May 13th, 2021, marked the return of Boulder Ballet to the stage. This long-awaited and much-fought-for moment was a glad one, gratefully enjoyed by all. The Dairy Arts Center in Boulder carefully hosted the event with masks, social distancing, and other safety protocols. Boulder Ballet is an energetic, thoughtful company, and the variety of pieces in the evening’s program suited the audience well. Visit either of these websites for information about more spring shows!
Come to Light, choreographed by Amy Hall Garner, had to be brought to fruition virtually. She worked from New Orleans while the dancers worked in Boulder, connected by Zoom calls. The pandemic necessitated this seismic shift in the application of an art form that is fundamentally interpersonal. We heard from the company regarding this, and other frustrations and triumphs, through a brief video presented after Come to Light opened the evening. The film was an illuminating short that gave space to company members to supplement their physical expression with verbal communication.
The overall message of the video, and tone of the evening, was one of high spirits and a sense of achievement. The tremendous amount of effort, energy and sacrifice that is part of the lives of artists, and arts organizations, must have been tested past the point of imagining by the addition of the tragedies and challenges of a pandemic.
Somewhat experimental, Present Existence looked outside of traditional ballet forms for choreographic inspiration while maintaining balletic expectations of extension and line. Sinuous movements and elbow pumps met effortless-seeming leg lifts, backbends and clever use of pas de chat. The male members of the company shone, as ever, when on stage together as well as when apart or in small groups. Apprentice Katherine Codrescu especially displayed aptitude for alternative movements.
At one point, the loving caress of one dancer’s belly by another revealed the former’s pregnancy, in a joyful and inclusive moment representative of Boulder Ballet’s apparent ethos. The dancers do not all look the same, or dance the same, and that is valued instead of penalized. If I am not mistaken, the expectant, accomplished company member Melissa Halpin was also the choreographer of that piece. She was featured in other works as well, and was a pleasure to watch.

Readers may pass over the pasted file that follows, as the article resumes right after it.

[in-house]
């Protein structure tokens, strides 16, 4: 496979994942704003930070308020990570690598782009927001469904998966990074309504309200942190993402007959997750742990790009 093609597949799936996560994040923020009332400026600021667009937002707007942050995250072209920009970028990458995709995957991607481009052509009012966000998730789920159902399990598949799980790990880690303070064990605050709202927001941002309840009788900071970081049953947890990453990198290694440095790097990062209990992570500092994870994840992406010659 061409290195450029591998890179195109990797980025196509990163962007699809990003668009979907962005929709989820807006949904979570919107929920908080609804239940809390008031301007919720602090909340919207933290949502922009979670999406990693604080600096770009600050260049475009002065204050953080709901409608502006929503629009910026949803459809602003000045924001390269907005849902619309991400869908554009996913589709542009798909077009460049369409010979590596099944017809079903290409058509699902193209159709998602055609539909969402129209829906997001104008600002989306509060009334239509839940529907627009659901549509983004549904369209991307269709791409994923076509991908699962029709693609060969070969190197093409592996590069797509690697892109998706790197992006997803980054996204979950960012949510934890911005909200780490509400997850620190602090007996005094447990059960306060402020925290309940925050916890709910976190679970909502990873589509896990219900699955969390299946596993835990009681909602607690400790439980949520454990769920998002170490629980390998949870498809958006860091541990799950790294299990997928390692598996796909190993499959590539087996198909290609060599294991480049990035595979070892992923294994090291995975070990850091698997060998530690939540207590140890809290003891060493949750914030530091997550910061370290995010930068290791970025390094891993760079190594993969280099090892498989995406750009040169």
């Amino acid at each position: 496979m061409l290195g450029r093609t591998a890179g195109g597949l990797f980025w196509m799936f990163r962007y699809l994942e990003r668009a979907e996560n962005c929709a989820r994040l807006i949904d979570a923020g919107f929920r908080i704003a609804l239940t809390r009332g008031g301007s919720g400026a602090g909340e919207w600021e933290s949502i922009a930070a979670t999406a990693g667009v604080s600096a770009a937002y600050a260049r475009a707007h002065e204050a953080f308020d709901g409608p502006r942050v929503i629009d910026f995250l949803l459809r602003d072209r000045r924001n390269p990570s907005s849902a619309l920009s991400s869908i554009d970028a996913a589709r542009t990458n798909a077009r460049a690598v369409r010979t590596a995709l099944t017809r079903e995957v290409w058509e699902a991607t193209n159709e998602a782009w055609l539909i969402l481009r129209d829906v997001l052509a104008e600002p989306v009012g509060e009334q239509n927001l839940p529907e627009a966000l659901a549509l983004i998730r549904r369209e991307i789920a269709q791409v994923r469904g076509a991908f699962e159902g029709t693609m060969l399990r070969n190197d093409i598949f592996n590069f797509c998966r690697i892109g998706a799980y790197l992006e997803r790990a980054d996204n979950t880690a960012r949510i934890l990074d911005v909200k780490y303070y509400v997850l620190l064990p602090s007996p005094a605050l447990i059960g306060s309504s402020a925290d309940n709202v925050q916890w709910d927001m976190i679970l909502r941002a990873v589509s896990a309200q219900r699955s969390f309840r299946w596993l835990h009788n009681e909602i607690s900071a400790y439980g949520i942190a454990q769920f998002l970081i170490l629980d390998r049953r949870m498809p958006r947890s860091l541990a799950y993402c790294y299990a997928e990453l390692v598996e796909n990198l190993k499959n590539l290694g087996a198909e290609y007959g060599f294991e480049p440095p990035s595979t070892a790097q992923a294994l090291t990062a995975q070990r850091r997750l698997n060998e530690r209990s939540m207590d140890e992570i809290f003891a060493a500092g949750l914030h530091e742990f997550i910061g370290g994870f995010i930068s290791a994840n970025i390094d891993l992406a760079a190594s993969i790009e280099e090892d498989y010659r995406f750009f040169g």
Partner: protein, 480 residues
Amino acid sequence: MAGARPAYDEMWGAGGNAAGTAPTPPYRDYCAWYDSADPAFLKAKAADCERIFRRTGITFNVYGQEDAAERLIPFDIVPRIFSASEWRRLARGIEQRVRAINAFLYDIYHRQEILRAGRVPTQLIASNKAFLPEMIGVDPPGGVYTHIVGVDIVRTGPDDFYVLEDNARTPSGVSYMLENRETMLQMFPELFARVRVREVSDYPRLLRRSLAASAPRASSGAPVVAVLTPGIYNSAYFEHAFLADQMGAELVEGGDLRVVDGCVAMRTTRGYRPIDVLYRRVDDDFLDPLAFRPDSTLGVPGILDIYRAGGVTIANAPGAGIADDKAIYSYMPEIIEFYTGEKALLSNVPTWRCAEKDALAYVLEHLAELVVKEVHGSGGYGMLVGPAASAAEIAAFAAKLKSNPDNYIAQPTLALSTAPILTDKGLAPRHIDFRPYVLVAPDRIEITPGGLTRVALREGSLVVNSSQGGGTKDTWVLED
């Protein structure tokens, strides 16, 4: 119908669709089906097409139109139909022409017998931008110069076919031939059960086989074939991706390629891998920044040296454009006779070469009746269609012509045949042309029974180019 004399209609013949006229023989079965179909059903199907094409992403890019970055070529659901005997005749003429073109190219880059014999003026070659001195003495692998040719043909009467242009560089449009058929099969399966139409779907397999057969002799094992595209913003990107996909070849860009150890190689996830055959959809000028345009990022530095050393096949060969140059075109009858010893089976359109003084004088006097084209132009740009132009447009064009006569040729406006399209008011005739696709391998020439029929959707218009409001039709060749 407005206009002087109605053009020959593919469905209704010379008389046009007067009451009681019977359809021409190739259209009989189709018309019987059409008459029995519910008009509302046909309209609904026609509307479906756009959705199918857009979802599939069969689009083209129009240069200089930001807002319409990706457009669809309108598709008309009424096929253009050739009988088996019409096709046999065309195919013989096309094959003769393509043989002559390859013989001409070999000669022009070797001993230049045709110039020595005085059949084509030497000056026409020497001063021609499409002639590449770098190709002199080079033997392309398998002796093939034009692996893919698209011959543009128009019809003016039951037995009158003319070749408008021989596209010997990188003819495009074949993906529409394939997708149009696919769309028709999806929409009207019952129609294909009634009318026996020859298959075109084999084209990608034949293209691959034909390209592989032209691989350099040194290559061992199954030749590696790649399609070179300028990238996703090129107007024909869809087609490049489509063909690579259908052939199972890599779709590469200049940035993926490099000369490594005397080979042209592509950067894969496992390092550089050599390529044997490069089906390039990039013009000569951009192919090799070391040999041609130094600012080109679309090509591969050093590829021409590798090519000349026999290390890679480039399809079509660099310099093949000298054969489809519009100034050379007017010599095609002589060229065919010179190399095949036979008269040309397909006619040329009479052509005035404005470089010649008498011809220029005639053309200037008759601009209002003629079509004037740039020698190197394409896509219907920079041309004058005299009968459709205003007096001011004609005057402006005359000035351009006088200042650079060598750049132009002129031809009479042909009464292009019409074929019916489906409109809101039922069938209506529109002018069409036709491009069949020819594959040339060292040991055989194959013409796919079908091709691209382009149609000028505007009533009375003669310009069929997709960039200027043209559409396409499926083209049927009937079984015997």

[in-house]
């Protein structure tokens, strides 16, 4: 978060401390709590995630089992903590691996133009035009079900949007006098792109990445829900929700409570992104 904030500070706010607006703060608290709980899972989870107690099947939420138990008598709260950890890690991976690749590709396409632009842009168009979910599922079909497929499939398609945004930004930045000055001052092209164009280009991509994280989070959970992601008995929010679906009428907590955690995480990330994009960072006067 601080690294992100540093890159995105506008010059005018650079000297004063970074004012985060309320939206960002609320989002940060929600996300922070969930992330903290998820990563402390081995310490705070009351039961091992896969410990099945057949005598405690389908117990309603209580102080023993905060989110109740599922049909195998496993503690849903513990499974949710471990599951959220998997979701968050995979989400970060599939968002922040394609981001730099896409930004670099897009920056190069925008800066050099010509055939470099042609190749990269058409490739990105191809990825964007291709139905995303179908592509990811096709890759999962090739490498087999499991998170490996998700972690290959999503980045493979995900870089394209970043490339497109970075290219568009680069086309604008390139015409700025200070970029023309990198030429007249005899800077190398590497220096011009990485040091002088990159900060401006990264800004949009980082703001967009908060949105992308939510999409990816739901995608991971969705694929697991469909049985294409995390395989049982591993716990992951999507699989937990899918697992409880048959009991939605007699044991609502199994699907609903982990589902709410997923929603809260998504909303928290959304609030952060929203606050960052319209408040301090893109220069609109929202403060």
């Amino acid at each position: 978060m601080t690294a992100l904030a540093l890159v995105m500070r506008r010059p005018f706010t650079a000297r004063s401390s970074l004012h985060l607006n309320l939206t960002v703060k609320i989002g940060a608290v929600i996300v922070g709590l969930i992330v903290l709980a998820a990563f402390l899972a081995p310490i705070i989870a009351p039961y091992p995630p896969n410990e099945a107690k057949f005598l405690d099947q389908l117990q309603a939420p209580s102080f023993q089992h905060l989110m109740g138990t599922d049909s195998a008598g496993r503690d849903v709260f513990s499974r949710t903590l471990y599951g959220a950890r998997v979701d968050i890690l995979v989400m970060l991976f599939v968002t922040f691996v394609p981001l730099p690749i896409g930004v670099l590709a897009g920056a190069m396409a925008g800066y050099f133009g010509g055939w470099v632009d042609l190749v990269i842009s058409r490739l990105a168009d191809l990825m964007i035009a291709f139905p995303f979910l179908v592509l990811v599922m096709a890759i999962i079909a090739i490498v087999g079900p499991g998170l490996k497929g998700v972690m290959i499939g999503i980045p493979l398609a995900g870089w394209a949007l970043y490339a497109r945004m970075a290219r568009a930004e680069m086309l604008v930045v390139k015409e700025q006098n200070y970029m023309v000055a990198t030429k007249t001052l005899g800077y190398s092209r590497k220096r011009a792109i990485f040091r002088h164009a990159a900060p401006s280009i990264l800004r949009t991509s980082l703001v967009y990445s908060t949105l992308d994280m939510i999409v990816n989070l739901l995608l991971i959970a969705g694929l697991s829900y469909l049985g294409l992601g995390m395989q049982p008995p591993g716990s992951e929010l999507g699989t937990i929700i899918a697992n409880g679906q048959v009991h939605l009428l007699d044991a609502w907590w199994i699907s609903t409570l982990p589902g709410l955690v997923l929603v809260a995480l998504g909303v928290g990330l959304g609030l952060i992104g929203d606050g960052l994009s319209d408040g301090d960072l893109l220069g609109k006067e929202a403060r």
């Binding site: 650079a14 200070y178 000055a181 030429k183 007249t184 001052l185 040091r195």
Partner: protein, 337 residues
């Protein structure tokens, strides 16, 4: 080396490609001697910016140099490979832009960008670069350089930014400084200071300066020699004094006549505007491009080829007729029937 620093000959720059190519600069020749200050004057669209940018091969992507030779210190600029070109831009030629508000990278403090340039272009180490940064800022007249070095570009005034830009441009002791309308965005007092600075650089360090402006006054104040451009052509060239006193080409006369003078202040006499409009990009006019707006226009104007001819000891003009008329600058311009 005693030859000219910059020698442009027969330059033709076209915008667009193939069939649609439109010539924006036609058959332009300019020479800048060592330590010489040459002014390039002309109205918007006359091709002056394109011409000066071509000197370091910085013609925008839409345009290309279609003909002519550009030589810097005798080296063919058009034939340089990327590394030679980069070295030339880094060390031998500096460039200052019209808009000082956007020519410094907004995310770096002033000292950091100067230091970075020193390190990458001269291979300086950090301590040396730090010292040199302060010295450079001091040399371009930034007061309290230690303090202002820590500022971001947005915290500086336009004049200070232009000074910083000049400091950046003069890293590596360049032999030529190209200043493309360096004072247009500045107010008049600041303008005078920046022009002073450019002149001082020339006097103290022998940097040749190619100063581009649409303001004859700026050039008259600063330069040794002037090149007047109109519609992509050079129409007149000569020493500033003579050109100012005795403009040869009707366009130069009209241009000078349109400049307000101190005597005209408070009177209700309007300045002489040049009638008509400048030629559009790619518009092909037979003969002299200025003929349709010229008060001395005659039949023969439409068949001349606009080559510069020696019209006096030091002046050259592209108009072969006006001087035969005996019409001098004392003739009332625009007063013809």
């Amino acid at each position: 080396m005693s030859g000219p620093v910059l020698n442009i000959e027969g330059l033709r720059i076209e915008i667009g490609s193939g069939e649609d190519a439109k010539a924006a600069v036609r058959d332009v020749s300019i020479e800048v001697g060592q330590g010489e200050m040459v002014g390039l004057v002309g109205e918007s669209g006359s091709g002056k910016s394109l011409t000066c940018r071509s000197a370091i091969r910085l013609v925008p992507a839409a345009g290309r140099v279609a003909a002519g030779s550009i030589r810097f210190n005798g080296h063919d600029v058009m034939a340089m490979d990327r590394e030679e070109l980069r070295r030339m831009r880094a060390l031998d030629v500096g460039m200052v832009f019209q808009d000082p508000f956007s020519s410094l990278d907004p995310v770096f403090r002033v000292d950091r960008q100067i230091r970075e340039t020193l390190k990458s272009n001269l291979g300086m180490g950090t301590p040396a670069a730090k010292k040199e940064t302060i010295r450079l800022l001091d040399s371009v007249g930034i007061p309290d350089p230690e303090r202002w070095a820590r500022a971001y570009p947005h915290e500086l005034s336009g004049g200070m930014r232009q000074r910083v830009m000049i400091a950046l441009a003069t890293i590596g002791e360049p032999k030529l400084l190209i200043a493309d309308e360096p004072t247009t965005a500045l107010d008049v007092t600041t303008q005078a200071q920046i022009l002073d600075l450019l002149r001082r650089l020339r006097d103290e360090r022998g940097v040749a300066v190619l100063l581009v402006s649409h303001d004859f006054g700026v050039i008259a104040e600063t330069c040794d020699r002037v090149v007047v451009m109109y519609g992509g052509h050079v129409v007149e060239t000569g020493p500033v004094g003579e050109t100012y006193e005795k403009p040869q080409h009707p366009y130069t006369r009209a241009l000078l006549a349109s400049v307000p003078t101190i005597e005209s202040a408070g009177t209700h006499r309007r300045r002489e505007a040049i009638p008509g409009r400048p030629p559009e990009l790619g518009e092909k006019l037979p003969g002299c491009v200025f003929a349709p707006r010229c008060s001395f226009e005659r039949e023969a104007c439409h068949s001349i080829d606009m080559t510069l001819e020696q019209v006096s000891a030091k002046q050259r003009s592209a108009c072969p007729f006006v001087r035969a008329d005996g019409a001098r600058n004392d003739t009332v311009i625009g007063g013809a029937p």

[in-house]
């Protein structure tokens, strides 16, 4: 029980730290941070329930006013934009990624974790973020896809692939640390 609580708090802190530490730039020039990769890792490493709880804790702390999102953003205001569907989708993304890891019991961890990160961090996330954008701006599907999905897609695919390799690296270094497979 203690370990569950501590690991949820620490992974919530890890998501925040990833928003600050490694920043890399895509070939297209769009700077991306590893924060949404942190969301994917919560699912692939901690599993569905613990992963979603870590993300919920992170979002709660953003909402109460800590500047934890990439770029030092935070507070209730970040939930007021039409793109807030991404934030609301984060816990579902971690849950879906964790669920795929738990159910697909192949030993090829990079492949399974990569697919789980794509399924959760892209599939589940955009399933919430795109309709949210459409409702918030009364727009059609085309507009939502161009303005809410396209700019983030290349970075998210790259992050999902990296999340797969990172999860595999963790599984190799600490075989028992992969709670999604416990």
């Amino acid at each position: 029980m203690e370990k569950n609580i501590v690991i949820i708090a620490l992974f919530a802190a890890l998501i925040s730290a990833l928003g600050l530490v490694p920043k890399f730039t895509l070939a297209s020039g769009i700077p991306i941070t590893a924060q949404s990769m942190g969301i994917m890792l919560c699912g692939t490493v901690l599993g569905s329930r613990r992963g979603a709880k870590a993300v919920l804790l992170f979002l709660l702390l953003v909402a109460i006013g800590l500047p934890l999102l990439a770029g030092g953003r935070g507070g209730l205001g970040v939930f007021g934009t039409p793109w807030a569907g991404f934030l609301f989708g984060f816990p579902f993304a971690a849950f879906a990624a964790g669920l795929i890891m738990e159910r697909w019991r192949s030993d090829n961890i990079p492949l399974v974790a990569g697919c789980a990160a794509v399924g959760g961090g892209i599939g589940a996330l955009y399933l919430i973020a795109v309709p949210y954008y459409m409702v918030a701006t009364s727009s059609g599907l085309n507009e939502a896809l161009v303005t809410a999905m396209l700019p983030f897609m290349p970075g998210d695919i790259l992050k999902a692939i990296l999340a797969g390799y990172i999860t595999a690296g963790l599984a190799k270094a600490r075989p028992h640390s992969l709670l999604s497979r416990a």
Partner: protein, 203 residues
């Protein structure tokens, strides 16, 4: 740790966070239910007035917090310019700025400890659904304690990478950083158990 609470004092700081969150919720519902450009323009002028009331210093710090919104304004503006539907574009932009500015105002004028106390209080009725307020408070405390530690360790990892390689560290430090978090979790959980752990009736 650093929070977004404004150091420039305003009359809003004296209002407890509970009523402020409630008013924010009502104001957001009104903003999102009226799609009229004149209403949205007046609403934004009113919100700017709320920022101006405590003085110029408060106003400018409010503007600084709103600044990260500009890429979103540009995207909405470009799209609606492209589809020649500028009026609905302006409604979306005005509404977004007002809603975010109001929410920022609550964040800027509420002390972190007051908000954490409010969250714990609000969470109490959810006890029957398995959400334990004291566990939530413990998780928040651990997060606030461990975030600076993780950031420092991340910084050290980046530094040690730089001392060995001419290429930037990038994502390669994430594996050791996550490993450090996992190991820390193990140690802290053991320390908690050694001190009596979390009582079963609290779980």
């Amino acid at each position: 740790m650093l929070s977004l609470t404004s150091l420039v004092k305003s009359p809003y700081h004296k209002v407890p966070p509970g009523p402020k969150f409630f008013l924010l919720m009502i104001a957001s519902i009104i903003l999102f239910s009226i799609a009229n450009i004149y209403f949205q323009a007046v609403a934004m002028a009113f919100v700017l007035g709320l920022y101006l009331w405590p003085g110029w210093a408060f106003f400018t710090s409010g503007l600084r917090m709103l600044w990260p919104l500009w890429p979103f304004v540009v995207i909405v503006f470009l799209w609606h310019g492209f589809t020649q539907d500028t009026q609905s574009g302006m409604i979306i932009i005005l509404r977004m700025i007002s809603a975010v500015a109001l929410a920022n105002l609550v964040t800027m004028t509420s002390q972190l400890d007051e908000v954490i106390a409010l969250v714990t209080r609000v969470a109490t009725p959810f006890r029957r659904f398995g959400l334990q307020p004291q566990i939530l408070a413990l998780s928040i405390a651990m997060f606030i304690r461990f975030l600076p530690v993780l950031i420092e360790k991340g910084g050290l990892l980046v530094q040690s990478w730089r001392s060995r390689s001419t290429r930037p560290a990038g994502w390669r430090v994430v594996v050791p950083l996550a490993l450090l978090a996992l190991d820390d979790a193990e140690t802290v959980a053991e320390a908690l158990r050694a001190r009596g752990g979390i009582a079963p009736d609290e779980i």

Dancers Emma Michaux and Ross Freeman also choreographed pieces for the evening’s program of mixed repertoire. Freeman’s was an electrifying solo which provided him the opportunity to let loose and explore his considerable abilities, which include but are obviously not limited to being a powerful partner. Michaux’s was playful and a great crowd favorite, as the dancers shared their enthusiasm with the audience through expressions and gestures.
Two excerpts from Christopher Wheeldon works, The American and There Where She Loves, were striking in their execution by dancers Emma Michaux with Hunter Solomon and Carly Hambridge with Matthew Helms, respectively. I expect Michele Gifford, listed as a choreographer in the program and who is a Repetiteur for the Balanchine Trust as well as Wheeldon, was involved. Impressive lifts, catches, and turns thrilled and fascinated the audience. The company puts great emphasis on their strong partner work, and it pays off.
The rather epic end piece, Dance Society, consisted of four movements variously choreographed by Program Director Amy Earnest, Artistic Director Lance Hardin, and Executive Director Claudia Anata Hubiak, and in one case all three together. Ensemble and separately, the whole company participated. Stark lighting lent a somber feel, and a voiceover detailing the inherent equality of all people underscored the gravity of the theme. While serious, it was affirming and constructive rather entirely critical. The coexistence of equity and diversity is apparently one with which much of the world struggles. It does not, however, seem to confuse Boulder Ballet.
Jane E. Werle
Writer & Editorial Board
At three months of age Jane E. Werle, unable to protest, was removed from Loveland, Colorado by her well-meaning parents. In 2004 she was able to rectify this error when she relocated from Massachusetts to Boulder for graduate school. One M.F.A. and a husband later, Jane works to further the arts in the Front Range as a writer (reviewer, interviewer, curator) and enthusiast (no-shame, first-on-the-floor amateur– despite some training– dancer). Jane is also a longtime nanny and a visual artist, taking one of these very seriously and the other as a growth experience. Every child she’s cared for has experienced some form of the SDP: Spontaneous Dance Party.